Hardest bit of kit to make ??

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saxon
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Hardest bit of kit to make ??

Postby saxon » Fri Sep 15, 2006 6:28 pm

What's the hardest piece of kit you've ever made ? i.e. hard as in a 'pain' or 'fiddly' and did it turn out right ? .............. would you make another ? :lol: :P



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Jenn
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Postby Jenn » Fri Sep 15, 2006 6:51 pm

a padded jack for sheer effort - not sure
A really well fitting pair of long hose - yes but only if I loved them very much
a dress with a wheel farthingale - not if I can help it



Quayn

Postby Quayn » Fri Sep 15, 2006 7:03 pm

I'd have to say hose, though bear in mind i'm pretty new at this but with the constant reconfiguring of said hose I'm actually to a point where i'd make for anyone... actually i take that back, I'd consider for anyone. My only pat on the back really has to be my lack of any pattern or adequate prior garment to make from. I've seen rough shapes and gone from there. I've been through the big wow of being told about the bias of wool for hose and also pointed out about how and where everything should stick, cling, go. I'm so thankful for the help but still not doing to bad.

Yep, hose.
Q.



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Postby Neibelungen » Fri Sep 15, 2006 7:09 pm

Charge of the Light Brigade 1850 Officers Dolman and Pelise.

20m hand made chain gimp
45 m gold russia traceing

The entire thing was completely hand sewn including handmade chain gimp (a three loop trumpet cord if anybody has ever made it)

Took 3 weeks of work or something like 150 hours.

And the price was one of those only ask if you know you can afford it.



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Postby Marcus Woodhouse » Fri Sep 15, 2006 8:08 pm

Cups of tea for the wife as she does the sewing.


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Postby chrisanson » Fri Sep 15, 2006 8:36 pm

A large seax. I am not set up for large blades, it was right on the edge of my capabilities with the kit I have but it was fun and the chap I made it for was really pleased which always make it worth the effort. :D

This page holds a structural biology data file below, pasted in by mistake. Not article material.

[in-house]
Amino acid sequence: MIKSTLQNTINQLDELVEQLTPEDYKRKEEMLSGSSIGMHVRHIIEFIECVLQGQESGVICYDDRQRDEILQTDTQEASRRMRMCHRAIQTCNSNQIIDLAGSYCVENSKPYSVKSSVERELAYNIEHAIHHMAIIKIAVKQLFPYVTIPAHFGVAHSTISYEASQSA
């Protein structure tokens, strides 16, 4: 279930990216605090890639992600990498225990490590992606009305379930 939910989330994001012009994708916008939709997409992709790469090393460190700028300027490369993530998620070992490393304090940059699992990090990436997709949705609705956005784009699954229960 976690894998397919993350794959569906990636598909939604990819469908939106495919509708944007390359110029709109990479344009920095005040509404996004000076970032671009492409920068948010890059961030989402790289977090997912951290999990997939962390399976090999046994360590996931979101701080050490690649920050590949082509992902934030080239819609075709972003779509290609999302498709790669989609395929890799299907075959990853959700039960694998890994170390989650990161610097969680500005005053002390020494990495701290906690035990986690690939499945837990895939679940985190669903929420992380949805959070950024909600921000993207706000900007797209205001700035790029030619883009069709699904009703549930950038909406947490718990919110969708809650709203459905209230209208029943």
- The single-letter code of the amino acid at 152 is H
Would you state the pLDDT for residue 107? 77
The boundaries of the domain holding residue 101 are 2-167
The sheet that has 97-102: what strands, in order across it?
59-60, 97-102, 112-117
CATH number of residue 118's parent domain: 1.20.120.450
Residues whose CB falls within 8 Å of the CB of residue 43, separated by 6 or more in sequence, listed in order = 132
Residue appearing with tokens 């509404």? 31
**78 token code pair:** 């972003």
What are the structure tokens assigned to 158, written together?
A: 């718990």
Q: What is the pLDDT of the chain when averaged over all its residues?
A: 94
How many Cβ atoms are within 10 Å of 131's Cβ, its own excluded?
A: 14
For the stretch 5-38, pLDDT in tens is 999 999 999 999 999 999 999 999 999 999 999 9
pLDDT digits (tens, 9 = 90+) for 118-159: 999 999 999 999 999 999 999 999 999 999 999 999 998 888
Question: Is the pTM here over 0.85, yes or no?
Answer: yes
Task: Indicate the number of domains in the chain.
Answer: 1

chris



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Drachelis
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Postby Drachelis » Fri Sep 15, 2006 10:17 pm

I'll go with the completely hand sewn padded jack that I made for Ming - truly a labour of love ( well the fabric didn't go through the sewing machine I was then using) went to bed with y hands in the air cos they hurt so much.

Having said that it has lasted season aftr season and still looks good - and more inportantly , works.

Cheryl
Shadowlight Designs



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Dave B
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Postby Dave B » Fri Sep 15, 2006 10:58 pm

Hose. Very frustrating.

Jacks take a lot of doing, but they aren't difficult, just hard work. Hose are frustrating. You think you did them perfect then one leg works and the other looks wrong.


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Postby Mad Mab » Fri Sep 15, 2006 11:10 pm

Corsets, every time! I competely hand sew everything I do because of the authenticity you know! (Actually because I can't work the sewing machine! :lol: ) and all the boning channels and then the eyelets and then having to re-adjust the whole thing cause I've managed to either lose or gain weight since I started the thing!!!! And the most irritating bit of all is that you can't take a break from it and do another piece of kit because you need to have the corset on before you can sort out your patterns for the rest of the kit cause it completely changes your shape........!!!!! :x
Corseting madness. It exists!
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Postby Tuppence » Sat Sep 16, 2006 2:05 am

Corsets are easy (but have made dozens).

Jacks and gambies are easy (but have made dozens and dozens).

Ditto to C17th casaques with hundreds of buttons, and naps stuff with loads of braid.

All are hard work, but not what I'd call hard head wise (i.e. to figure out).



Hardest things - a replica of the trews of Joseph(?) Cotton. Blasted 18th century highlanders - they couldn't make it a bit less complicated could they??

For the uninitiated, think perfectly fitting, single legged footed hosen, with trunks attached, and assorted unnecessary triangles and rectangles all over the place, and seams in weird places.